24 Feb 2020 | 09.45 am
ESG Investing At Tipping Point
But it is not an investment panacea, cautions Ian Slattery of Zurich Life
24 Feb 2020 | 09.45 am
What amounts to Environmental, Social and Governance (ESG) investing is difficult to pin down but its millennial appeal is growing, writes Chris Sparks
As concern over global warming and climate change increases, the issue of Responsible Investing is assuming more importance among fund managers and the companies that sell consumers pensions and other investment products. State Street Global Investors, one of the world’s largest investors, estimates that broadly-defined ESG investing now amounts to c.$30 trillion, over a quarter of the world’s professionally managed assets.
In a recent survey of 300 institutional investors, State Street identified fiduciary duty, regulation and mitigating ESG risk as the main push factors driving investors towards ESG. On the other hand, data quality, internal resource constraints and the need for expertise are cited as the factors pulling investors away from ESG.
State Street also found that the fiduciary factor cuts both ways. Cited by 46% as a push factor driving ESG engagement, fiduciary duty is also viewed as a barrier to adoption by one-third of investment professionals. The report authors muse that among many managers there is a lingering concern that ESG adoption may hinder the ability to maximise returns.
The SSGI report quotes Michael Cappucci of Harvard Management Company as follows: “On the active management side, it’s extraordinarily difficult to attribute good or bad performance to ESG factors alone. There are so many different factors that impact performance across a portfolio that it’s difficult to isolate any one. Passive has an enormous advantage in attribution of being better able to isolate different factors.”
The ESG halo matters for life companies when it comes to marketing pensions to younger people. Recently Irish Life stated that it is targeting 30% reduction in the carbon intensity of flagship investment portfolios by year-end. As there is no standard framework to measure a carbon footprint, Irish Life customers will have to take that one on trust.
The most straightforward ESG investment approach is exclusion. For millennials concerned about carbon emissions, the unit fund being pitched at them can exclude airlines, car manufacturers, cement companies, oil and gas producers, utilities and any other large energy consumers. Responsible Investing can also mean shunning companies involved in tobacco, gambling, weapons, fur and adult entertainment.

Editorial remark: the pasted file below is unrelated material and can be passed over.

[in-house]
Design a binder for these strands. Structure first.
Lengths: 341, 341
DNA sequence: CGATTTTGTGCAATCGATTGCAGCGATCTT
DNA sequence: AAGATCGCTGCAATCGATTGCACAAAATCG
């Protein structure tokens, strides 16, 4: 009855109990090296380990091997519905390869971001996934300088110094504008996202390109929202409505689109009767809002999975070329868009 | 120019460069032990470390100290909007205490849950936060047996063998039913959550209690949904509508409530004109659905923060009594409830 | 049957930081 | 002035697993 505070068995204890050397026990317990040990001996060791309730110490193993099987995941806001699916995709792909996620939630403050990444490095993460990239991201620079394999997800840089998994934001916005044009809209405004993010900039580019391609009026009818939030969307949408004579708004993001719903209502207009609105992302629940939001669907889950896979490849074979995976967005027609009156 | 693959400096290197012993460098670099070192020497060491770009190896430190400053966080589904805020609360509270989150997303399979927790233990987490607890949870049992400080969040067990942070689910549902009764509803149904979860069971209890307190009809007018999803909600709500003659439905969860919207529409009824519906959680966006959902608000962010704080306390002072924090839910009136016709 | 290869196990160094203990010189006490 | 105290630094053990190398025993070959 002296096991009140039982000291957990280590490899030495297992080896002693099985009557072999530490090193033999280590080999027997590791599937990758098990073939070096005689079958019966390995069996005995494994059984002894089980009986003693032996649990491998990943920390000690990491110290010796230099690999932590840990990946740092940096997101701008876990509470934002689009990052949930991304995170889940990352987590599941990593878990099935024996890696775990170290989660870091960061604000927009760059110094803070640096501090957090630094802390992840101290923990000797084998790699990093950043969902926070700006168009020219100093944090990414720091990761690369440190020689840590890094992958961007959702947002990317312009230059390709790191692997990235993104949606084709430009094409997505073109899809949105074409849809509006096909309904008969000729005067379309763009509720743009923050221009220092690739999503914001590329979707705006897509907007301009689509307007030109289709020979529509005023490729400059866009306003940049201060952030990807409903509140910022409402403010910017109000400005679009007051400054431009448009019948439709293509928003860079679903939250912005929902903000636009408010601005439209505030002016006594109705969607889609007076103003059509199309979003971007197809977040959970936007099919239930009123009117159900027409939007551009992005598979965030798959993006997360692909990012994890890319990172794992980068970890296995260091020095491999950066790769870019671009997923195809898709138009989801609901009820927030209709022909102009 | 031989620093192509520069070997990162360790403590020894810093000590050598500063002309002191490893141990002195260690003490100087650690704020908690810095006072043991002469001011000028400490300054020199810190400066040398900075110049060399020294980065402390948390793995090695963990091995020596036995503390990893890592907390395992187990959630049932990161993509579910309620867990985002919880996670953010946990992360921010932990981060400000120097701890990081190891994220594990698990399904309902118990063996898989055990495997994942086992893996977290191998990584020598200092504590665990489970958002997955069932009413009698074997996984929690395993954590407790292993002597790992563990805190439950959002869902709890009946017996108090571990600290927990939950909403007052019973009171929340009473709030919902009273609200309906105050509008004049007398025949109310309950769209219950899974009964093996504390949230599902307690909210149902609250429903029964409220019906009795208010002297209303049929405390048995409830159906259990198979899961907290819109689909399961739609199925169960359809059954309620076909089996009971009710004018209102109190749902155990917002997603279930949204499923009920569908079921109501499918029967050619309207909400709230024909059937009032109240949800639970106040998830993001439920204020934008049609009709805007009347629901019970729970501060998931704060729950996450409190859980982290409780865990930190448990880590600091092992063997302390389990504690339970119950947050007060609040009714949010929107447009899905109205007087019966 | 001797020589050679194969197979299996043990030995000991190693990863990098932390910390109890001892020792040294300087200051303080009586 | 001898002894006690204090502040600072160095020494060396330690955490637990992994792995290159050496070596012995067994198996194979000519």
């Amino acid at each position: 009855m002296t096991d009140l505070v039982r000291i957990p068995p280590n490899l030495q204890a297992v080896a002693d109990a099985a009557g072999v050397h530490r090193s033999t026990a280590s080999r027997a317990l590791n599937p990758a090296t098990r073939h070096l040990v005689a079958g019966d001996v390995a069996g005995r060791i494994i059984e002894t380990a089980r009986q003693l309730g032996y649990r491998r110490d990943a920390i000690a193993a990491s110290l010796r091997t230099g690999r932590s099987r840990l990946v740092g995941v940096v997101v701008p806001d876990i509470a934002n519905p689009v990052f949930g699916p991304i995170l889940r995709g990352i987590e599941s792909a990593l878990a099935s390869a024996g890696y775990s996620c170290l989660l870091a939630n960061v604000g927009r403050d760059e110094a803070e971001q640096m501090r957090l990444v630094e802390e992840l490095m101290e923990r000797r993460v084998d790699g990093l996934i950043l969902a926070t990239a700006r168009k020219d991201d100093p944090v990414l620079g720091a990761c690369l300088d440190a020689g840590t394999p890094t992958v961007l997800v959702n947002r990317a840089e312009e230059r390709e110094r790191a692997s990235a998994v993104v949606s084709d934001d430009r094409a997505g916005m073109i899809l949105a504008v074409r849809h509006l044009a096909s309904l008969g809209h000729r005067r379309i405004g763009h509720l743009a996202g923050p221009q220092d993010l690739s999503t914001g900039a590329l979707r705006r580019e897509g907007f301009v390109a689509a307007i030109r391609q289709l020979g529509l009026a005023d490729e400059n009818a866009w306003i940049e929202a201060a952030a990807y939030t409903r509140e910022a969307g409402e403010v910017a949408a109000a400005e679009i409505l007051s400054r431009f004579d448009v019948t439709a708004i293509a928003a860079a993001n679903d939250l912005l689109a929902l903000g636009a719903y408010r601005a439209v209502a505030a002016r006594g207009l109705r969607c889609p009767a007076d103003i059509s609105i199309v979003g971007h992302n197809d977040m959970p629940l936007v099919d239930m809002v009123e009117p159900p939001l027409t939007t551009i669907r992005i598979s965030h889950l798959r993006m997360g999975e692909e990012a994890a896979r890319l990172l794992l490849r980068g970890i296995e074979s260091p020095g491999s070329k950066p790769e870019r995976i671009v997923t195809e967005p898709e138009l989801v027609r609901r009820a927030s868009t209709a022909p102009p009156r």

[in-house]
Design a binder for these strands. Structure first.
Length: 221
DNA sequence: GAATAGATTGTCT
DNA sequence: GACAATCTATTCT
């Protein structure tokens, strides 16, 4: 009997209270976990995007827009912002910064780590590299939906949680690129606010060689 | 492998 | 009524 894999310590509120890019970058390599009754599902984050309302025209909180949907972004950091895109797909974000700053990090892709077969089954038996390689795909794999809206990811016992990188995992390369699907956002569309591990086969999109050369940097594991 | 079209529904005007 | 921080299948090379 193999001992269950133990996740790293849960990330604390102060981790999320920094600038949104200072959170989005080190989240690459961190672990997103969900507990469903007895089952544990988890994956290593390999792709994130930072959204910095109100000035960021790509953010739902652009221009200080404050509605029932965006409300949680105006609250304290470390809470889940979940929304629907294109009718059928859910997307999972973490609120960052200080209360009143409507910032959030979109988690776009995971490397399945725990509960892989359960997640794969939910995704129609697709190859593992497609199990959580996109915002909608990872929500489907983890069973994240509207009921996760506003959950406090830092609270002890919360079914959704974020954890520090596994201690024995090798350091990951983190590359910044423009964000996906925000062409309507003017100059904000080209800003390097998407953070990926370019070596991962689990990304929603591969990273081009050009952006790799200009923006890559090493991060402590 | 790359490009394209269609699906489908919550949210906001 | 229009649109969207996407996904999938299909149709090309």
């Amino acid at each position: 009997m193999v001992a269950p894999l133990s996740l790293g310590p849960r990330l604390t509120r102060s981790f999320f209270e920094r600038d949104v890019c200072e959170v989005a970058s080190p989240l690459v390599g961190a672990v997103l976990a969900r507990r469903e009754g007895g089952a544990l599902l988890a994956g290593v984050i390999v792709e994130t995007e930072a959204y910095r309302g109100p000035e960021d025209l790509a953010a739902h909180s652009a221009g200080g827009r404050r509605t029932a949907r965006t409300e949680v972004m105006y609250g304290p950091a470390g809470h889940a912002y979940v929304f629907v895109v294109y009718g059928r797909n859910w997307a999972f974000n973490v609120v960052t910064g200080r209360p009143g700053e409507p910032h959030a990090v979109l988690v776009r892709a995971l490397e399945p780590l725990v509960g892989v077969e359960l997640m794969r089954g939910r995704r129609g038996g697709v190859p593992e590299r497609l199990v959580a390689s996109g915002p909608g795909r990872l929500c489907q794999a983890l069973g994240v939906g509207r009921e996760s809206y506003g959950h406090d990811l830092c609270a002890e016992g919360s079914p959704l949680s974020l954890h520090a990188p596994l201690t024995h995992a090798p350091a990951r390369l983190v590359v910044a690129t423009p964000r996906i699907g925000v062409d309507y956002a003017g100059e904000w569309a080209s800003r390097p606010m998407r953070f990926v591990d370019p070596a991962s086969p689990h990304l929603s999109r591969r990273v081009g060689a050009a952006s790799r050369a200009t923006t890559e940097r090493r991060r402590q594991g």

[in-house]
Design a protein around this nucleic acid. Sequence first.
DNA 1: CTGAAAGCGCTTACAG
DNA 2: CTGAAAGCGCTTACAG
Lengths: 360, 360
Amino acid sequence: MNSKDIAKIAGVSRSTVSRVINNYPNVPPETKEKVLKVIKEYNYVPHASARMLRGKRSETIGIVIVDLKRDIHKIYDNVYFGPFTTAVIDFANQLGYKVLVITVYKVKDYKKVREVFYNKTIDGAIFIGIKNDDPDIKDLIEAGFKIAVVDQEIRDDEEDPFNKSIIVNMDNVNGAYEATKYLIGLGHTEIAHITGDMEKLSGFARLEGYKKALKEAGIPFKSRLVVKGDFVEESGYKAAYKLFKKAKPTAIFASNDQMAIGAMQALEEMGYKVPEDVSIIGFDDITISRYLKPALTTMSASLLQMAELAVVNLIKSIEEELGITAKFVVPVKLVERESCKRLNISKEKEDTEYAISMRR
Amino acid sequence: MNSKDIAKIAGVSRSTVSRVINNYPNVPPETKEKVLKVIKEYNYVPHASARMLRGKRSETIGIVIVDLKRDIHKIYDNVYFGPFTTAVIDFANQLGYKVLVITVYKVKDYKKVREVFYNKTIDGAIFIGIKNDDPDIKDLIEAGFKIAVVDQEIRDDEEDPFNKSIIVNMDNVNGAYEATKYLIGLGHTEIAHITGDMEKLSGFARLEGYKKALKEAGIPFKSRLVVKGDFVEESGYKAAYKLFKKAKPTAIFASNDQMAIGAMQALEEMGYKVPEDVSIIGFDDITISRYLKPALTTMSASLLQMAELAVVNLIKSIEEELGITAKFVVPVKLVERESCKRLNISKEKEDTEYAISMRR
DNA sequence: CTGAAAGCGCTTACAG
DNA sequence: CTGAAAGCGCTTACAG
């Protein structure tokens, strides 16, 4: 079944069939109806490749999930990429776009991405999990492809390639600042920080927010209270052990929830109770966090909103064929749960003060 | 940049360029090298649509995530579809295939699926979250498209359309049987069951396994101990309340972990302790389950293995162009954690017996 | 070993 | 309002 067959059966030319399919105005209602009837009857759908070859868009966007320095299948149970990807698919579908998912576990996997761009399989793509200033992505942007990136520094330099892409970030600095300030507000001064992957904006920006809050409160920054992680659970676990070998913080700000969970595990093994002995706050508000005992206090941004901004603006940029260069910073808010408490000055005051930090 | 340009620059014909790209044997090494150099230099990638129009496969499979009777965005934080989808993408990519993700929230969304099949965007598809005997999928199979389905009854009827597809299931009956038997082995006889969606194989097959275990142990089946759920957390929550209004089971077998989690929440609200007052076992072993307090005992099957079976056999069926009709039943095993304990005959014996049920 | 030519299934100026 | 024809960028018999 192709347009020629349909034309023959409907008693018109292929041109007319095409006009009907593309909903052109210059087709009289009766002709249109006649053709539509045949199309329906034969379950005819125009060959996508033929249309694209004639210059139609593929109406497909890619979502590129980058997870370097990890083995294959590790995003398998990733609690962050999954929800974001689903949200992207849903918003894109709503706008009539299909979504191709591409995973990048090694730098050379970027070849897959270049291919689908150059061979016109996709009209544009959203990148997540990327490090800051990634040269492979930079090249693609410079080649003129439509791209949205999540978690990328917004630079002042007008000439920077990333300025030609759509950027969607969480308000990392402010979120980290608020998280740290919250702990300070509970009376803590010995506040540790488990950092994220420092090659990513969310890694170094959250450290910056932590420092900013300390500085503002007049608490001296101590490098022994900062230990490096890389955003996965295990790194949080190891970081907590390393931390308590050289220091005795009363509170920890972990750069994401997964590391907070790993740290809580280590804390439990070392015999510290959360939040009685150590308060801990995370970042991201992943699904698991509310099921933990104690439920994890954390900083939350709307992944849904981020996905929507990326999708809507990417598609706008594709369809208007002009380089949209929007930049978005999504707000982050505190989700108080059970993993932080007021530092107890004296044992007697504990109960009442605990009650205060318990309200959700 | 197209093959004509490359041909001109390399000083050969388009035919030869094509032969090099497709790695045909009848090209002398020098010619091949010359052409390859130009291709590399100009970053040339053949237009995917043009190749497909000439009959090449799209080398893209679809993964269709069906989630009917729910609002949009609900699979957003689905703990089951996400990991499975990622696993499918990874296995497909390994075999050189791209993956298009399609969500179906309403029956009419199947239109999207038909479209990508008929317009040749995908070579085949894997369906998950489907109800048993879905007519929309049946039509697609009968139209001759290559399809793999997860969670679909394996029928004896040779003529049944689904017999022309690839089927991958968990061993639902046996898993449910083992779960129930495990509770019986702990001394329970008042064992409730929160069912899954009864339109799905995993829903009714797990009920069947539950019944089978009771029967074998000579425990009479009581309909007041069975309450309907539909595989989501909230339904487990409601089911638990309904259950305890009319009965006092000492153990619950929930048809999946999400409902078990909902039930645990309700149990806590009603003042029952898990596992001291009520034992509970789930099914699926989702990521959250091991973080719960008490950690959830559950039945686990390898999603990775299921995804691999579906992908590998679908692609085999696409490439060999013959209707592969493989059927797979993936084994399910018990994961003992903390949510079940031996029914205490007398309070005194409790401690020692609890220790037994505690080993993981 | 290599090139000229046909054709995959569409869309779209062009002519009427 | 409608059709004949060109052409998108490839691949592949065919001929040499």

State Street’s view is that ESG investing has clearly reached a tipping point where institutional investors cannot afford to ignore it. The implication going forward is that emissions-unfriendly stocks will find fewer institutional buyers in the coming decade.
In a recent note to brokers, Ian Slattery (pictured), investment consultant at Zurich Life, commented that employers, trustees and advisors can use the ESG concept in a number of ways to engage and appeal to young workers who are starting their pension saving journey. Slattery cautioned that ESG investing is not an investment panacea, and the jury is still out on whether it is the route to enhanced investment performance.
Slattery added: “Most active managers will rightly argue that taking into account social and governance factors is just part of being a prudent investment manager. They may have concerns about the economic impact of excluding or minimising exposure to certain sectors of the market, which may still be profitable and therefore ‘good’ investments.”
In Slattery’s view, despite significant appetite for Responsible Investing, the lack of standardisation in measuring the ‘impact’ of investments is a barrier to greater adoption. Nevertheless, his view is that ESG is seeping into people’s investment mindset. That means that when pensions become mandatory in a few years’ time, employers funding PRSAs should have a handle on which fund providers have properly engaged with the ESG concept.